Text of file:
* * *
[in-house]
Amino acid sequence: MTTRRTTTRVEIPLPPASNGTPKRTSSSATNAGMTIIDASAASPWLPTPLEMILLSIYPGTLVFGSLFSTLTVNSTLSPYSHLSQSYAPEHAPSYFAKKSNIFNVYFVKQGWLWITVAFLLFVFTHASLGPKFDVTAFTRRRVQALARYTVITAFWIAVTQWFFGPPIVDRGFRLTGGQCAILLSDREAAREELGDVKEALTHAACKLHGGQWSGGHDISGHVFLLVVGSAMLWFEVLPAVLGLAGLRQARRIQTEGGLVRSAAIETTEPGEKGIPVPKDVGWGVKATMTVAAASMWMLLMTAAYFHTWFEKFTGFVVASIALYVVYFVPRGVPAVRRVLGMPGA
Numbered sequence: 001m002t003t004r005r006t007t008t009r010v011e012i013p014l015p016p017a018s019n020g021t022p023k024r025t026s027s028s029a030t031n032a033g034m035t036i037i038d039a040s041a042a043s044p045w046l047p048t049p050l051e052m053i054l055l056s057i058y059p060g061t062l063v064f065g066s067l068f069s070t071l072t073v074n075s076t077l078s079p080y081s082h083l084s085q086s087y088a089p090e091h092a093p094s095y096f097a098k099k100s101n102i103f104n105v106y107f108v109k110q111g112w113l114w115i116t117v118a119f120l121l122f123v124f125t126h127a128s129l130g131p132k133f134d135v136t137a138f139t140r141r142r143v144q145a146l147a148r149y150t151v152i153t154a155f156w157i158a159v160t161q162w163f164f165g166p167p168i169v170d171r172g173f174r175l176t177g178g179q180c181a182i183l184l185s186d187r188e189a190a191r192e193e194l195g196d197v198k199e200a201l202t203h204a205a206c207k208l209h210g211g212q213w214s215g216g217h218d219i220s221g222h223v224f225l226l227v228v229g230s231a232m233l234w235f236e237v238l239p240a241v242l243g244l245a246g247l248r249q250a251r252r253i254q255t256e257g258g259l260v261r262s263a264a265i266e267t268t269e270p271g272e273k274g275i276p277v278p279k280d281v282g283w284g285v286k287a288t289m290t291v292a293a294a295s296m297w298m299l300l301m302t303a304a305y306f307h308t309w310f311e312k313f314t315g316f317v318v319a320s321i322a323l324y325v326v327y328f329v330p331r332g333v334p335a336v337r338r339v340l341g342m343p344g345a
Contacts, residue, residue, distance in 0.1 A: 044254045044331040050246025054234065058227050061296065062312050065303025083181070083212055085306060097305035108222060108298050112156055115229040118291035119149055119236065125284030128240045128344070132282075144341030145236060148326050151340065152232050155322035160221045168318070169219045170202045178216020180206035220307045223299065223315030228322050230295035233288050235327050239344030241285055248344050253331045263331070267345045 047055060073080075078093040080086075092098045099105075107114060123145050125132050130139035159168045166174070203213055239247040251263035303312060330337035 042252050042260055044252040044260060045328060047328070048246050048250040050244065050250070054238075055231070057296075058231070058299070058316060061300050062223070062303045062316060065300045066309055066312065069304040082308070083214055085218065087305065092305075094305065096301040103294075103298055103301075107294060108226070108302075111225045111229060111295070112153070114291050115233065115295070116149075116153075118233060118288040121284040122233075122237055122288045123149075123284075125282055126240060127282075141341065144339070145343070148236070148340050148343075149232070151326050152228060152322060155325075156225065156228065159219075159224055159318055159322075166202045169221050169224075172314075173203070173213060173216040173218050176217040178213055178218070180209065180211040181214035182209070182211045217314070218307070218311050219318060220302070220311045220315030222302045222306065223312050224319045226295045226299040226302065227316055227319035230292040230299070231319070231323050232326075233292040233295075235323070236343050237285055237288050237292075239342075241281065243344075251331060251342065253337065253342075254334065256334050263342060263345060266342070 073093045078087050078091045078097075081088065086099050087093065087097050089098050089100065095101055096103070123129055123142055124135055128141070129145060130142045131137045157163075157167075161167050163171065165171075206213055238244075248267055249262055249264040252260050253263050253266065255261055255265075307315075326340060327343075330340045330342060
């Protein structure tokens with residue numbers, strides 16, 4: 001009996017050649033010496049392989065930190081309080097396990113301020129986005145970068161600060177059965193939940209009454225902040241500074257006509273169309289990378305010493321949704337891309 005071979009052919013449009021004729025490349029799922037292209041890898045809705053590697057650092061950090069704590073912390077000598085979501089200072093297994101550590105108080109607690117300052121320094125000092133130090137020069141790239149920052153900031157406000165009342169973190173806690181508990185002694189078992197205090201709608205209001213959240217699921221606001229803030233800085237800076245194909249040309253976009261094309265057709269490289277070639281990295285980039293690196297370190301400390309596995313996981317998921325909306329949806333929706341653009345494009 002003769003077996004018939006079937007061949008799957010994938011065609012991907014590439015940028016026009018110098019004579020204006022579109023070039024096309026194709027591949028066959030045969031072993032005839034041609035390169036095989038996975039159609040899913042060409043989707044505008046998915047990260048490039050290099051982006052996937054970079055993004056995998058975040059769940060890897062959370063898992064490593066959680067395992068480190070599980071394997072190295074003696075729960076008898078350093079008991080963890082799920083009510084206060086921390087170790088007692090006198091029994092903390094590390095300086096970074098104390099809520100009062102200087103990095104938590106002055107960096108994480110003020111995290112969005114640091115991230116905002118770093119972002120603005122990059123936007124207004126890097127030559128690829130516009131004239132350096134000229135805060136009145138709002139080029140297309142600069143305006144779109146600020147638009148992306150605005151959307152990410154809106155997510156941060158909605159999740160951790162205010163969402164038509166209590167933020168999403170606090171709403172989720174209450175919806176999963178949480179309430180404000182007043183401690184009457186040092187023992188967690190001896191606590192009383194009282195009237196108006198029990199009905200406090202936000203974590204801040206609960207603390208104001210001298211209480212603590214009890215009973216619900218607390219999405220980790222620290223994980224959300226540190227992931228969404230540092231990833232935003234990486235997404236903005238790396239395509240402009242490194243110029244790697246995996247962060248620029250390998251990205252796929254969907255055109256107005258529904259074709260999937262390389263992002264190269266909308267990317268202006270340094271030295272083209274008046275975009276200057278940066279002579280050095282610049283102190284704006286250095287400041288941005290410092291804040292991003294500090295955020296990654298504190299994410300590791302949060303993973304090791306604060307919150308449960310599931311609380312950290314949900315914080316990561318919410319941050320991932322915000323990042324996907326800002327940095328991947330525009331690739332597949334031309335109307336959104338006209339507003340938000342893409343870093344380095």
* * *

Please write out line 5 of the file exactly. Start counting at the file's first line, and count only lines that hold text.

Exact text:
């Protein structure tokens with residue numbers, strides 16, 4: 001009996017050649033010496049392989065930190081309080097396990113301020129986005145970068161600060177059965193939940209009454225902040241500074257006509273169309289990378305010493321949704337891309 005071979009052919013449009021004729025490349029799922037292209041890898045809705053590697057650092061950090069704590073912390077000598085979501089200072093297994101550590105108080109607690117300052121320094125000092133130090137020069141790239149920052153900031157406000165009342169973190173806690181508990185002694189078992197205090201709608205209001213959240217699921221606001229803030233800085237800076245194909249040309253976009261094309265057709269490289277070639281990295285980039293690196297370190301400390309596995313996981317998921325909306329949806333929706341653009345494009 002003769003077996004018939006079937007061949008799957010994938011065609012991907014590439015940028016026009018110098019004579020204006022579109023070039024096309026194709027591949028066959030045969031072993032005839034041609035390169036095989038996975039159609040899913042060409043989707044505008046998915047990260048490039050290099051982006052996937054970079055993004056995998058975040059769940060890897062959370063898992064490593066959680067395992068480190070599980071394997072190295074003696075729960076008898078350093079008991080963890082799920083009510084206060086921390087170790088007692090006198091029994092903390094590390095300086096970074098104390099809520100009062102200087103990095104938590106002055107960096108994480110003020111995290112969005114640091115991230116905002118770093119972002120603005122990059123936007124207004126890097127030559128690829130516009131004239132350096134000229135805060136009145138709002139080029140297309142600069143305006144779109146600020147638009148992306150605005151959307152990410154809106155997510156941060158909605159999740160951790162205010163969402164038509166209590167933020168999403170606090171709403172989720174209450175919806176999963178949480179309430180404000182007043183401690184009457186040092187023992188967690190001896191606590192009383194009282195009237196108006198029990199009905200406090202936000203974590204801040206609960207603390208104001210001298211209480212603590214009890215009973216619900218607390219999405220980790222620290223994980224959300226540190227992931228969404230540092231990833232935003234990486235997404236903005238790396239395509240402009242490194243110029244790697246995996247962060248620029250390998251990205252796929254969907255055109256107005258529904259074709260999937262390389263992002264190269266909308267990317268202006270340094271030295272083209274008046275975009276200057278940066279002579280050095282610049283102190284704006286250095287400041288941005290410092291804040292991003294500090295955020296990654298504190299994410300590791302949060303993973304090791306604060307919150308449960310599931311609380312950290314949900315914080316990561318919410319941050320991932322915000323990042324996907326800002327940095328991947330525009331690739332597949334031309335109307336959104338006209339507003340938000342893409343870093344380095």